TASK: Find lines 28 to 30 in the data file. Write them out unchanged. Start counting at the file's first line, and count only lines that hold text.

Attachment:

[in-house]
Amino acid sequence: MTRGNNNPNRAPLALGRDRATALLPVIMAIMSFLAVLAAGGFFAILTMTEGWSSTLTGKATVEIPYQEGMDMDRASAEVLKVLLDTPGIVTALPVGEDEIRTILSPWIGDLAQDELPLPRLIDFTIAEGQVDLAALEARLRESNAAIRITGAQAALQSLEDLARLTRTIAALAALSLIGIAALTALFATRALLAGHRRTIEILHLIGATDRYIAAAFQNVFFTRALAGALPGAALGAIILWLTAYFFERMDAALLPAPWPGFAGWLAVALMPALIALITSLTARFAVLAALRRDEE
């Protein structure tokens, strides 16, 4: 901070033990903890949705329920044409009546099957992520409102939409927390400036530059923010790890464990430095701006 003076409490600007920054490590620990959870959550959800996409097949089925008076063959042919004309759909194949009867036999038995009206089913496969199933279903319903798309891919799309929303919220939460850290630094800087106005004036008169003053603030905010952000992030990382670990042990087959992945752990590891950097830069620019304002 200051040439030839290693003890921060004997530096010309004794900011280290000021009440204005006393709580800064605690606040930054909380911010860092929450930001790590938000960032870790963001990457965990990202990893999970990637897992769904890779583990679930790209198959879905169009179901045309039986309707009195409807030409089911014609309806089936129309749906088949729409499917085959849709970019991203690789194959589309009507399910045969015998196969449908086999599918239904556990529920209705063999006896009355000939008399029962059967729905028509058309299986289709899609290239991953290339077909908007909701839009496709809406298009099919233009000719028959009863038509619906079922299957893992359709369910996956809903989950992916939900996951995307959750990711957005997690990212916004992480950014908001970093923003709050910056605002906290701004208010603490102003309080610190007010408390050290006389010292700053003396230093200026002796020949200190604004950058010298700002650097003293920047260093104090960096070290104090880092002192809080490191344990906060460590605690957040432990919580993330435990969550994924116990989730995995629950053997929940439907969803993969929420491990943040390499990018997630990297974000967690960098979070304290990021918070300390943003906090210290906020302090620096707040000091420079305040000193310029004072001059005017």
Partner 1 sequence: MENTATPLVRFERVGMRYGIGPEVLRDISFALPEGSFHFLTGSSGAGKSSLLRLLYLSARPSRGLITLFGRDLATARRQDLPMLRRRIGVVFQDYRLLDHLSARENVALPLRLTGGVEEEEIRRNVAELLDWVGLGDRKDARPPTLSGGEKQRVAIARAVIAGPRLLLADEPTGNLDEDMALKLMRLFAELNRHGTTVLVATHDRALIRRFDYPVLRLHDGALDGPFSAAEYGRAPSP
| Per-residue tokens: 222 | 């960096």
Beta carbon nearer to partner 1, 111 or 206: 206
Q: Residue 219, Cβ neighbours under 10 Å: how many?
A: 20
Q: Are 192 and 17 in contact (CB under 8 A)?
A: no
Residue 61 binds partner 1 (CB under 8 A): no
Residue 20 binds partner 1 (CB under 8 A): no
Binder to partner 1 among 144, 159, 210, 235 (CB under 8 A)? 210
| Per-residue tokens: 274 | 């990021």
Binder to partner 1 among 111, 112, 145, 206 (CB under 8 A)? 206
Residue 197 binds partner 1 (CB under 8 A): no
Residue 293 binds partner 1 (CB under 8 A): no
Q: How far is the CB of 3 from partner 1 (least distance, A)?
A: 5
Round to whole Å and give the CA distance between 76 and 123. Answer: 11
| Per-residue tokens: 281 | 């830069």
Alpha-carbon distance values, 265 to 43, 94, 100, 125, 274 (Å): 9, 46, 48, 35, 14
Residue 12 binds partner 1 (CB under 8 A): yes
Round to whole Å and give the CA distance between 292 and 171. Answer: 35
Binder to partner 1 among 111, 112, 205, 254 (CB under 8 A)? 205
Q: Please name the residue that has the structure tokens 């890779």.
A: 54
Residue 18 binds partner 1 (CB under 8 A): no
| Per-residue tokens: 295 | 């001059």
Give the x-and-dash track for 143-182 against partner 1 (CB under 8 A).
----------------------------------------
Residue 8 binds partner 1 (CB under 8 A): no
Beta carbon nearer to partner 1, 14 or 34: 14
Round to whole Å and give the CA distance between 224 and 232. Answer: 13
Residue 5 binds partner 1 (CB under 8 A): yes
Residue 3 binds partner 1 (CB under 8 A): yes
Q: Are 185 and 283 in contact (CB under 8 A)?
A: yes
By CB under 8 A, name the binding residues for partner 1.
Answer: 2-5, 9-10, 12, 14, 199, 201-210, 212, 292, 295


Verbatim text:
Residue 18 binds partner 1 (CB under 8 A): no
| Per-residue tokens: 295 | 């001059």
Give the x-and-dash track for 143-182 against partner 1 (CB under 8 A).